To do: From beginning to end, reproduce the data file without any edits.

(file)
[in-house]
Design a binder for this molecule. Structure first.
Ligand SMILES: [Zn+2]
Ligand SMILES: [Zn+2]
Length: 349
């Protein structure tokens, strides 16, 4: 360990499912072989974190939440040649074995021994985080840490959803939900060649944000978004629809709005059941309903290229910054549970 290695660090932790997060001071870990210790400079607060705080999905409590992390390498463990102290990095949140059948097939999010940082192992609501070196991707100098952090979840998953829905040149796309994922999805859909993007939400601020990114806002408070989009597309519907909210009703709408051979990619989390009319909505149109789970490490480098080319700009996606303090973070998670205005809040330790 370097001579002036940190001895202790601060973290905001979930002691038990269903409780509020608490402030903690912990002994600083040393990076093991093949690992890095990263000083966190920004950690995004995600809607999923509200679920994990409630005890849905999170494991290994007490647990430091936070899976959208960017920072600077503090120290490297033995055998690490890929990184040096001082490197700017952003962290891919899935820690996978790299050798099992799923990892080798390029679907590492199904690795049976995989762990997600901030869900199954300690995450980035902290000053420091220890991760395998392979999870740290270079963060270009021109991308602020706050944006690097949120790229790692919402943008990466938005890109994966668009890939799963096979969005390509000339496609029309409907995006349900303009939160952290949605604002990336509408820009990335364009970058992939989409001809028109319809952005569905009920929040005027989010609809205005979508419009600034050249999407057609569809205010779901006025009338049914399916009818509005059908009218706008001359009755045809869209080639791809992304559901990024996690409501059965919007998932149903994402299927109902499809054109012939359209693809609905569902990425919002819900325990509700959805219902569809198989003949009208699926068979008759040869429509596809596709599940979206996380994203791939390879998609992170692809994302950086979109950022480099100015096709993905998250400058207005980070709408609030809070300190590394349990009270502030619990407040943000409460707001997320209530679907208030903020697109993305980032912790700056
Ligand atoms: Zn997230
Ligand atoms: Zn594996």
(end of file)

[in-house]
Design a binder for this molecule. Structure first.
Ligand SMILES: [Zn+2]
Ligand SMILES: [Zn+2]
Length: 349
């Protein structure tokens, strides 16, 4: 360990499912072989974190939440040649074995021994985080840490959803939900060649944000978004629809709005059941309903290229910054549970 290695660090932790997060001071870990210790400079607060705080999905409590992390390498463990102290990095949140059948097939999010940082192992609501070196991707100098952090979840998953829905040149796309994922999805859909993007939400601020990114806002408070989009597309519907909210009703709408051979990619989390009319909505149109789970490490480098080319700009996606303090973070998670205005809040330790 370097001579002036940190001895202790601060973290905001979930002691038990269903409780509020608490402030903690912990002994600083040393990076093991093949690992890095990263000083966190920004950690995004995600809607999923509200679920994990409630005890849905999170494991290994007490647990430091936070899976959208960017920072600077503090120290490297033995055998690490890929990184040096001082490197700017952003962290891919899935820690996978790299050798099992799923990892080798390029679907590492199904690795049976995989762990997600901030869900199954300690995450980035902290000053420091220890991760395998392979999870740290270079963060270009021109991308602020706050944006690097949120790229790692919402943008990466938005890109994966668009890939799963096979969005390509000339496609029309409907995006349900303009939160952290949605604002990336509408820009990335364009970058992939989409001809028109319809952005569905009920929040005027989010609809205005979508419009600034050249999407057609569809205010779901006025009338049914399916009818509005059908009218706008001359009755045809869209080639791809992304559901990024996690409501059965919007998932149903994402299927109902499809054109012939359209693809609905569902990425919002819900325990509700959805219902569809198989003949009208699926068979008759040869429509596809596709599940979206996380994203791939390879998609992170692809994302950086979109950022480099100015096709993905998250400058207005980070709408609030809070300190590394349990009270502030619990407040943000409460707001997320209530679907208030903020697109993305980032912790700056
Ligand atoms: Zn997230
Ligand atoms: Zn594996």